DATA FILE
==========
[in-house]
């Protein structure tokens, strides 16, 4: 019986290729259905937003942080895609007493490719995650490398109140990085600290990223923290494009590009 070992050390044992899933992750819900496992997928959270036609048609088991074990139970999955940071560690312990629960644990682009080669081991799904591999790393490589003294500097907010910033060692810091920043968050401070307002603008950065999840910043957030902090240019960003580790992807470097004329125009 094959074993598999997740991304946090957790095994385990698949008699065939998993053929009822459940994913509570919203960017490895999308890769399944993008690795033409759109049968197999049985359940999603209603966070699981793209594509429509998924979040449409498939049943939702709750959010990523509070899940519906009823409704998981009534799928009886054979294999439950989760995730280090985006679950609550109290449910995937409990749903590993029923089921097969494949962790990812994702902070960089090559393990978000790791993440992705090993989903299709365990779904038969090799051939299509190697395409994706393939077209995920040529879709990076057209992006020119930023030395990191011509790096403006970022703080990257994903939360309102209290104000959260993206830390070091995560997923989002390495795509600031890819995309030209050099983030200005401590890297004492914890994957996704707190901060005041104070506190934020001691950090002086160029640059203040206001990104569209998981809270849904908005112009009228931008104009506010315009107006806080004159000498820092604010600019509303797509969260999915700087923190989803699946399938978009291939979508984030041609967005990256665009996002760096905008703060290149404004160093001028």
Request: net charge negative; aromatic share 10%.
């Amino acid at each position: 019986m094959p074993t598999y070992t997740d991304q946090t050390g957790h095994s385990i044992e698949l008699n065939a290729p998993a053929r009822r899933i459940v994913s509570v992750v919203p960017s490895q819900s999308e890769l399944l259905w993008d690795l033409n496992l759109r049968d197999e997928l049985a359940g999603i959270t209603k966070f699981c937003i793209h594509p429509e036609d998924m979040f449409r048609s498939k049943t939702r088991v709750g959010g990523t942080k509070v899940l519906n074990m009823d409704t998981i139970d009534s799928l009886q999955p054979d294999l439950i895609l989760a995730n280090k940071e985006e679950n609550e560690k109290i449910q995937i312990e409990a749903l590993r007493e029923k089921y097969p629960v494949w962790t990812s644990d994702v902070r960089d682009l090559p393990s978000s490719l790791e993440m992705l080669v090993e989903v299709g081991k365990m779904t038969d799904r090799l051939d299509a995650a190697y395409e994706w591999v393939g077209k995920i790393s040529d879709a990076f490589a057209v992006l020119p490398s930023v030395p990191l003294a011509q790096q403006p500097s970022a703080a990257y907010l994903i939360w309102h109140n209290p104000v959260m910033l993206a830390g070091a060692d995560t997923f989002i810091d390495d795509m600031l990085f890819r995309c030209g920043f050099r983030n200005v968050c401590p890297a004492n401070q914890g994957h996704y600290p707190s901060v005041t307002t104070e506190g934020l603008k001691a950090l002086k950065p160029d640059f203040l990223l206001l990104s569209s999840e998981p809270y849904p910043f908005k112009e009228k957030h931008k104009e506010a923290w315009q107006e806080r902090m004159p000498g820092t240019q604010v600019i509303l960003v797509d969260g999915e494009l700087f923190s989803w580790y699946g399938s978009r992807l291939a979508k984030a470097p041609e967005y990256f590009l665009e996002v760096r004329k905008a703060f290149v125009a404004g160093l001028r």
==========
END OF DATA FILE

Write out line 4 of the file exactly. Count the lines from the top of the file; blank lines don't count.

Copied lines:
């Amino acid at each position: 019986m094959p074993t598999y070992t997740d991304q946090t050390g957790h095994s385990i044992e698949l008699n065939a290729p998993a053929r009822r899933i459940v994913s509570v992750v919203p960017s490895q819900s999308e890769l399944l259905w993008d690795l033409n496992l759109r049968d197999e997928l049985a359940g999603i959270t209603k966070f699981c937003i793209h594509p429509e036609d998924m979040f449409r048609s498939k049943t939702r088991v709750g959010g990523t942080k509070v899940l519906n074990m009823d409704t998981i139970d009534s799928l009886q999955p054979d294999l439950i895609l989760a995730n280090k940071e985006e679950n609550e560690k109290i449910q995937i312990e409990a749903l590993r007493e029923k089921y097969p629960v494949w962790t990812s644990d994702v902070r960089d682009l090559p393990s978000s490719l790791e993440m992705l080669v090993e989903v299709g081991k365990m779904t038969d799904r090799l051939d299509a995650a190697y395409e994706w591999v393939g077209k995920i790393s040529d879709a990076f490589a057209v992006l020119p490398s930023v030395p990191l003294a011509q790096q403006p500097s970022a703080a990257y907010l994903i939360w309102h109140n209290p104000v959260m910033l993206a830390g070091a060692d995560t997923f989002i810091d390495d795509m600031l990085f890819r995309c030209g920043f050099r983030n200005v968050c401590p890297a004492n401070q914890g994957h996704y600290p707190s901060v005041t307002t104070e506190g934020l603008k001691a950090l002086k950065p160029d640059f203040l990223l206001l990104s569209s999840e998981p809270y849904p910043f908005k112009e009228k957030h931008k104009e506010a923290w315009q107006e806080r902090m004159p000498g820092t240019q604010v600019i509303l960003v797509d969260g999915e494009l700087f923190s989803w580790y699946g399938s978009r992807l291939a979508k984030a470097p041609e967005y990256f590009l665009e996002v760096r004329k905008a703060f290149v125009a404004g160093l001028r």